Another Moroccan Stew: Beets, Buttercup Squash and Radishes

Photos of heirloom buttercup squash and radishes from the French J&L Seeds and Planet Natural respectively.

Yesterday evening at the Glade Road Growing potluck, Sally was talking about the survey results.  Although she's only had ten answers to date, the most frequent answer for "least liked new veggie" is either radish or salad turnip.  She asked if I could provide a suggestion for radishes in the recipe for this week's newsletter.

I thought that maybe those folks who don't enjoy radishes object to the sharp taste, which can be  down by slicing them  very thin or by pickling or combining them with fat and acid (think balsamic vinegar and extra virgin olive oil or nuts or cheese. Radishes will also be milder in taste when roasted, braised, sauteed, steamed or stewed. The following is a recipe that combines cooked radishes with the buttercup squash and garlic we are slated to find in this week's farm share.

Other expected veggies this week are napa cabbage (think kimchi, Asian stir fries and soups) and Greenstar lettuce mix.


Serves 6

If you are going to cook your own dried garbanzo beans/aka chickpeas (which I prefer to canned), start the night before or at least two hours early.  The night before you make this stew or at least two hours before, cover 1/2 # of beans (1 cup) with 3 cups of water and bring to a boil.  Soak for an hour or overnight, rinse, add three cups of water, bring to boil and cook until tender.  Rinse and drain.

Peel and dice 2/3 pound of beets (about 2 cups).  If you want this to be a little less messy and bring out the sweetness, you can quarter and roast them first before slipping off the skins and dicing.  

Wash a buttercup squash (or other winter squash, such as delicata, acorn, butternut, hubbard or pumpkin).  Winter squash are hard and thick-skinned, which make them store well, but hard to peel and cube unless you first cook them slightly.  You can do this by cutting off the stem end, halving it,  scooping out the seeds and fiber with a spoon and baking, microwaving or steaming until slightly soft. Or, to bring out the sweetness, you can roast the halves at the same time as the beets.   Cut the softened squash into 1/2 rounds and peel, then dice into 1/2 inch cubes.  You will need up to 2 cups for this recipe.  If there is more, you can save it for another recipe.  You can roast the seeds the same way you would pumpkin seeds.

Wash and trim stems and leaves  on about  2/3 pound radishes.(You can reserve the leaves and stems to use as a spicy salad green).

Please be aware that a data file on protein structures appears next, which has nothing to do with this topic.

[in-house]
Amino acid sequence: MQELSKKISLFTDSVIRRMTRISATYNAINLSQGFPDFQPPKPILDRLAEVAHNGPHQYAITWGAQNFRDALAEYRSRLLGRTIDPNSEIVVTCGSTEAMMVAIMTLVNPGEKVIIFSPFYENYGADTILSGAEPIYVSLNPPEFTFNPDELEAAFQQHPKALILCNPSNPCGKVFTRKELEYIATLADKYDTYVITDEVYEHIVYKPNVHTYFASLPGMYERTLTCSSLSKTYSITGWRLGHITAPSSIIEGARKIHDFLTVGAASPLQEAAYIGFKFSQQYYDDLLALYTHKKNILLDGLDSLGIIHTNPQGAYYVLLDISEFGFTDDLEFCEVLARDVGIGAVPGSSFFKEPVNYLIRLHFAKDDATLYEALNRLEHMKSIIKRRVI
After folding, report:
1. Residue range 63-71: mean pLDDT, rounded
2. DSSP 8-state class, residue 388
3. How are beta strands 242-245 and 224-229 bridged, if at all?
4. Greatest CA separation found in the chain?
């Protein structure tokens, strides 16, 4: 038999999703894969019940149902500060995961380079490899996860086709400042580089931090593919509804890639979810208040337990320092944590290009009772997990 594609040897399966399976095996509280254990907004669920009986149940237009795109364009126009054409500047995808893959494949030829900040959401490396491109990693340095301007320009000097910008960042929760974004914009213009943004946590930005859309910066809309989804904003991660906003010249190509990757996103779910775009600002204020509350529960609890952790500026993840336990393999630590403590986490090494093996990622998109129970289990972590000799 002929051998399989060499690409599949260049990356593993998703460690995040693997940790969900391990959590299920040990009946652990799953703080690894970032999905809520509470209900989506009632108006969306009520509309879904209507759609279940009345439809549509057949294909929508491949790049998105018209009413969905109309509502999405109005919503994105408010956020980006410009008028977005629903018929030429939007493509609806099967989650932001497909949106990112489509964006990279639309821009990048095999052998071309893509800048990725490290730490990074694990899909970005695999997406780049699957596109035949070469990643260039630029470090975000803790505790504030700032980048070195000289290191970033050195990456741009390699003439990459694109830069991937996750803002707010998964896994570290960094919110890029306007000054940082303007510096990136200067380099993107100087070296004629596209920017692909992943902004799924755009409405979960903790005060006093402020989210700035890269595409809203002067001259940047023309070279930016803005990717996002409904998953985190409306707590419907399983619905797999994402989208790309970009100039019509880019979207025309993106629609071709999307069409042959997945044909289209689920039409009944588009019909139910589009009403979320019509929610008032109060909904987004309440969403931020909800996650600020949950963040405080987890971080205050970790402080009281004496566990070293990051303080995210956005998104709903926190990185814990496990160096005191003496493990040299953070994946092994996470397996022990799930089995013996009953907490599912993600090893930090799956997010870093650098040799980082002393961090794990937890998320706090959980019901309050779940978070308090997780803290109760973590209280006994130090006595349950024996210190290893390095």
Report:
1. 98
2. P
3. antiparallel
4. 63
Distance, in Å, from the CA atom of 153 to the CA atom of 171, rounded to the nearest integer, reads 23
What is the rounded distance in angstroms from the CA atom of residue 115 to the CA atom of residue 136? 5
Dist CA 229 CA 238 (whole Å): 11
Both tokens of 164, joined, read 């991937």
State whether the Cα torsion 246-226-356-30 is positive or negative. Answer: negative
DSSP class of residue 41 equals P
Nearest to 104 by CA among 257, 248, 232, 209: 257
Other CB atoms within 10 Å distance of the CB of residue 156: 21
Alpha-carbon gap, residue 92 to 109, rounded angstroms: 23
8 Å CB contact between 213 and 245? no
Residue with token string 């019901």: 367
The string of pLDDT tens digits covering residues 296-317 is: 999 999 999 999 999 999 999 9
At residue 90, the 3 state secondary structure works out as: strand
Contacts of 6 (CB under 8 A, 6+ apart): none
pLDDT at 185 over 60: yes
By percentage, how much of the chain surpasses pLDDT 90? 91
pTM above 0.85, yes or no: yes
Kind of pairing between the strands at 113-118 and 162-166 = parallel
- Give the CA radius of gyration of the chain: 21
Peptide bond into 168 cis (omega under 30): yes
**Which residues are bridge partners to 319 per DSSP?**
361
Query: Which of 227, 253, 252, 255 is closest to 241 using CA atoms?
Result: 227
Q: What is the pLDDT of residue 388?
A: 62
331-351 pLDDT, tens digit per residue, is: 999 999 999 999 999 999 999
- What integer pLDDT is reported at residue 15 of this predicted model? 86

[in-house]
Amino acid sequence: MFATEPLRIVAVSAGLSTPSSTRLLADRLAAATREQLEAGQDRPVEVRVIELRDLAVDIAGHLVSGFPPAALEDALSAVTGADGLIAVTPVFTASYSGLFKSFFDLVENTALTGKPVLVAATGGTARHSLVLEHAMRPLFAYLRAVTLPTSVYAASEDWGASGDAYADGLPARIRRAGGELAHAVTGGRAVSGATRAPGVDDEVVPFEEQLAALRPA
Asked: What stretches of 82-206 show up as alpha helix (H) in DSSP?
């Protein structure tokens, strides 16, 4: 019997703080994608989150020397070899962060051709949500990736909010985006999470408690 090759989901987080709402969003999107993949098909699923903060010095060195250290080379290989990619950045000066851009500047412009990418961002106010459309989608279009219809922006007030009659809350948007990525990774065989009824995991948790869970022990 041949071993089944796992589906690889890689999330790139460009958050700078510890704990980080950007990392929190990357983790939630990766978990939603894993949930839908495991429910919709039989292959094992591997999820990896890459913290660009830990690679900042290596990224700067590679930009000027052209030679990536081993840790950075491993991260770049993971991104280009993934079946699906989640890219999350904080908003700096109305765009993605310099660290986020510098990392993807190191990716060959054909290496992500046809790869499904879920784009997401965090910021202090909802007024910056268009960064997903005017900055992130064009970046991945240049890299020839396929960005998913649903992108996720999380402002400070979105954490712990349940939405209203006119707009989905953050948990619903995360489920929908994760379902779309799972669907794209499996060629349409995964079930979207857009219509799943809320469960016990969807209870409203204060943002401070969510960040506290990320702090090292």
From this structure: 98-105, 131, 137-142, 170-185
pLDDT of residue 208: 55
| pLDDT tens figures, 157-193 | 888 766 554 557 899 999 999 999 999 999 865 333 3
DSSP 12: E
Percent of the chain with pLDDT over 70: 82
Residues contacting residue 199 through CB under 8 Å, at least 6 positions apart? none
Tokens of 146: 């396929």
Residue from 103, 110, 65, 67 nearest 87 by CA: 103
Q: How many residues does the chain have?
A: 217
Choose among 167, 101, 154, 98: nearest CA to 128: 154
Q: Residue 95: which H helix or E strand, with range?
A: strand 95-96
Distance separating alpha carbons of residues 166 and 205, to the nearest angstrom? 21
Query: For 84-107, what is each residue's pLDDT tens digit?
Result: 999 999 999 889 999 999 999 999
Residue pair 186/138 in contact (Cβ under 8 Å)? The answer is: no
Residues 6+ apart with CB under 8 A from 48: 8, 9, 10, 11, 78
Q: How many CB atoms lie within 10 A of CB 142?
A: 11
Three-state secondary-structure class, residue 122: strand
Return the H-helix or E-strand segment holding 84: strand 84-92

Coarsely dice 1 onion or two small onions.

Smash, peel and mince 4 cloves fresh garlic.

Finely grated zest of 1 medium lemon (about 1 1/2 teaspoons).  If there is more, you can save in a jar with a tight lid.

Measure out the following spices:
1 teaspoon ground coriander
1 teaspoon ground cumin
1 teaspoon cinnamon 
1/4 teaspoon cloves
1 teaspoon paprika
1 teaspoon caraway seeds
1/2 teaspoon red pepper flakes

Coat the skillet or dutch oven with extra virgin olive oil and saute onions, stirring occasionally until softened.  Add the garlic and spices and stir to combine.  Cook, stirring occasionally, until the garlic and spices are fragrant, about 1 minute.  If you don't have a dutch oven, transfer to a 3 quart or larger heavy-bottomed stainless steel pot with a lid.  De-glaze skillet with a bit of water and add to pan.

Add  beets, 2 1/2 cups water and stir to combine. Simmer, stirring occasionally, until the beets are slightly softened.  Add squash, radishes, chickpeas, 1/4 cups of raisins, 1 T sweetener such as raw sugar, molasses, honey or maple syrup.  Return the mixture to a simmer and reduce the heat to low. Simmer, stirring every 10 minutes and making sure to stir to the bottom of the pot to rotate the vegetables evenly, until the vegetables are fork-tender but still hold their shape, about 45 minutes.

While stew is cooking, prepare garnishes  coarsely chop 1/4 fresh cilantro. Slice 3/4 cups of almonds and toast in skillet. 

 Taste and season with salt as needed. Remove from the heat and stir in  lemon zest.  Serve stew over a cooked starch.  Couscous is traditional, but this also works with cooked brown rice, quinoa, wheat berries, barley or millet, if you prefer a whole grain.

Sprinkle with the almonds and cilantro.